Plato’s Republic is dominated by the idiom of seeing: to describe the framing encounters, the ordinary business of our engagement with the perceptible world, and the extraordinary business of the intellect and its development of knowledge. But the account of vision that underlies all of this has rich cognitive content, which makes it possible to think about vision as a faculty that can be developed, improved and even perfected. There is considerable plausibility in this view of vision; Platonic art can tell us about our own aesthetic experience. This exposes an unexpected fertility in the analogy between vision and intellection.
M. M. McCabe is Emerita Professor of Ancient Philosophy at Kings College, London, and is currently Sather Professor of Classics at UC Berkeley. ‘Parsing Vision’ is one of her series of 2017 Sather Lectures on “Seeing and Saying: Plato on Virtue and Knowledge.”
This lecture is sponsored by the Departments of Classics and Philosophy, and the Argyropoulos Endowment for Hellenic Studies.
Contact Anna to schedule your time.
Tracey L. Walters is Associate Professor of Literature and Chair of the Department of Africana Studies, SUNY – Stony Brook University.
Kara Walker’s “A Subtlety: The Marvelous Sugar Baby, an Homage to the unpaid and overworked Artisans who have refined our Sweet tastes from the cane fields to the Kitchens of the New World” (2014) and Spike Lee’s “Chiraq” (2015) draw on western classical mythology featuring strong female characters to engage in satirical meditations on history, politics, and sexuality to tell stories about the black female experience. Their classical interpretations both humored and angered audiences who took to social media to express their opinions about the artwork itself and the audience reaction to the art. When considering this public critique, the question for examination is how and why do Walker and Lee’s adoption of the classics problematize the representation of the black female body in the public sphere?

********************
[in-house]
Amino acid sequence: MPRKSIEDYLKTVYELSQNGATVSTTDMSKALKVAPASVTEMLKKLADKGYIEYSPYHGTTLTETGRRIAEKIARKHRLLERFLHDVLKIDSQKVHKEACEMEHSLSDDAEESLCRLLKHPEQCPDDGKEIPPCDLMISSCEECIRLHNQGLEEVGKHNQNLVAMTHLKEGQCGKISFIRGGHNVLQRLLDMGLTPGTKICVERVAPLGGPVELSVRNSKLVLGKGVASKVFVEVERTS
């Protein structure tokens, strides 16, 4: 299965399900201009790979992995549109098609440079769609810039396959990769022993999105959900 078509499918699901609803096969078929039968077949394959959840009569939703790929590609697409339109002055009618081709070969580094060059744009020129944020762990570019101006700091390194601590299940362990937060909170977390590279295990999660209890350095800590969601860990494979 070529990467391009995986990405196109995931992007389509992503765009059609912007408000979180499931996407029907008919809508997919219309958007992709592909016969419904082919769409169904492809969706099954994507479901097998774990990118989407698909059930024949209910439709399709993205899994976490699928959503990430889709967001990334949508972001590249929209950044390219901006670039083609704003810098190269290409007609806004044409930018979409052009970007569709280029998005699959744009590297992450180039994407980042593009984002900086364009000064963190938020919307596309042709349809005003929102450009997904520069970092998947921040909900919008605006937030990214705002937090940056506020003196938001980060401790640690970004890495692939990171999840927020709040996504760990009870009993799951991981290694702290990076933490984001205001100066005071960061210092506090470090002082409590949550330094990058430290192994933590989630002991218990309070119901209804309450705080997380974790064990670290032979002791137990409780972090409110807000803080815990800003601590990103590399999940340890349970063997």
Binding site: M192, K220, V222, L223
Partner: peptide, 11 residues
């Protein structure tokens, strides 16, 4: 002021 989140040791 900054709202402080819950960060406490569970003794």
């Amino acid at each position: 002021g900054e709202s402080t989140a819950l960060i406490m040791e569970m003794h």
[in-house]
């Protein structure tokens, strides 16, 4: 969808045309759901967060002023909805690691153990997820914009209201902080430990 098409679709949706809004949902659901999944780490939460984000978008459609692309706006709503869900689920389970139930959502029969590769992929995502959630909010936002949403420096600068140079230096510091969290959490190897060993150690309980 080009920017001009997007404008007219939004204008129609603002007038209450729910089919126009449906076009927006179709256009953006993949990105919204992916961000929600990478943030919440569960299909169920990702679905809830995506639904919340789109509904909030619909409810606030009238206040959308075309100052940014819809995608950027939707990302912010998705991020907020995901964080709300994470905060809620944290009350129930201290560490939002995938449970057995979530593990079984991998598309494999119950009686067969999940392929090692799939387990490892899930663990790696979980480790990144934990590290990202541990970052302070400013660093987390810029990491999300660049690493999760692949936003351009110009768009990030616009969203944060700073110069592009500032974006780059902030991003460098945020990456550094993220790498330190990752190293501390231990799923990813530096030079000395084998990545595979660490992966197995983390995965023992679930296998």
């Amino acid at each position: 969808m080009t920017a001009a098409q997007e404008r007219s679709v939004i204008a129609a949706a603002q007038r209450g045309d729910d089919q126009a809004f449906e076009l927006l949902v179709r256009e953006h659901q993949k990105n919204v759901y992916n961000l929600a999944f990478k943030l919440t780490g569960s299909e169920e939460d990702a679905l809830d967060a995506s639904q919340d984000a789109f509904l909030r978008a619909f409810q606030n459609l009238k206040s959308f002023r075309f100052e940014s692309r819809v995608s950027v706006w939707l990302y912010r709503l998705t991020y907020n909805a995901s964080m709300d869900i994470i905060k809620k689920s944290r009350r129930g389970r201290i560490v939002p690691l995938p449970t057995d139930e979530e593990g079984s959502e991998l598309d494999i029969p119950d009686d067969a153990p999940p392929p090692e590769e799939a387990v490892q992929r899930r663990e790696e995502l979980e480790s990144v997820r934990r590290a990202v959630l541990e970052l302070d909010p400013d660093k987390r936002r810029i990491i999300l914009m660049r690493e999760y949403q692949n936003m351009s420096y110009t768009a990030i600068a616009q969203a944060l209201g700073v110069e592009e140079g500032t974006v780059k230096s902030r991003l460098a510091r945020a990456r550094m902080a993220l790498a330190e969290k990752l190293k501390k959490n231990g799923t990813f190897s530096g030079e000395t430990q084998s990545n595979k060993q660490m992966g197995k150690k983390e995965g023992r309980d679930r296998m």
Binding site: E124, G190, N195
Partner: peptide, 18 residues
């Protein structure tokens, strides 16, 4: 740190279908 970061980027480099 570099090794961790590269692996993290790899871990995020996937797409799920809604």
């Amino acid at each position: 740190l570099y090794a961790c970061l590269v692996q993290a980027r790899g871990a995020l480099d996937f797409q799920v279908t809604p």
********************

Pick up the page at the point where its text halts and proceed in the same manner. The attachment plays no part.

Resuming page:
Sponsored by the Argyropoulos Endowment for Hellenic Studies and the Departments of Black Studies and Classics.
Our annual meet-and-greet with Latin and Classics students from SLO High! Professors are encouraged to make themselves available to welcome and encourage the next generation of students curious about our discipline.
This lecture is part of the ‘Black Classicism’ lecture series presented in conjunction with the ‘14 Black Classicists‘ exhibition hosted jointly by the Museum of Art, Architecture and Design and the Library.
Co-sponsored by the Argyropoulos Endowment for Hellenic Studies, the Museum of Art, Architecture and Design, and the departments of Black Studies and Classics.
Prof. Amelia R. Brown (Greek History & Language, University of Queensland) holds a Discovery Early Career Research Award from the Australian Research Council to study the role that sailors and travelers had on the development of Greek religion and identity.
This lecture is presented by the IHC Research Focus Group in Ancient Borderlands.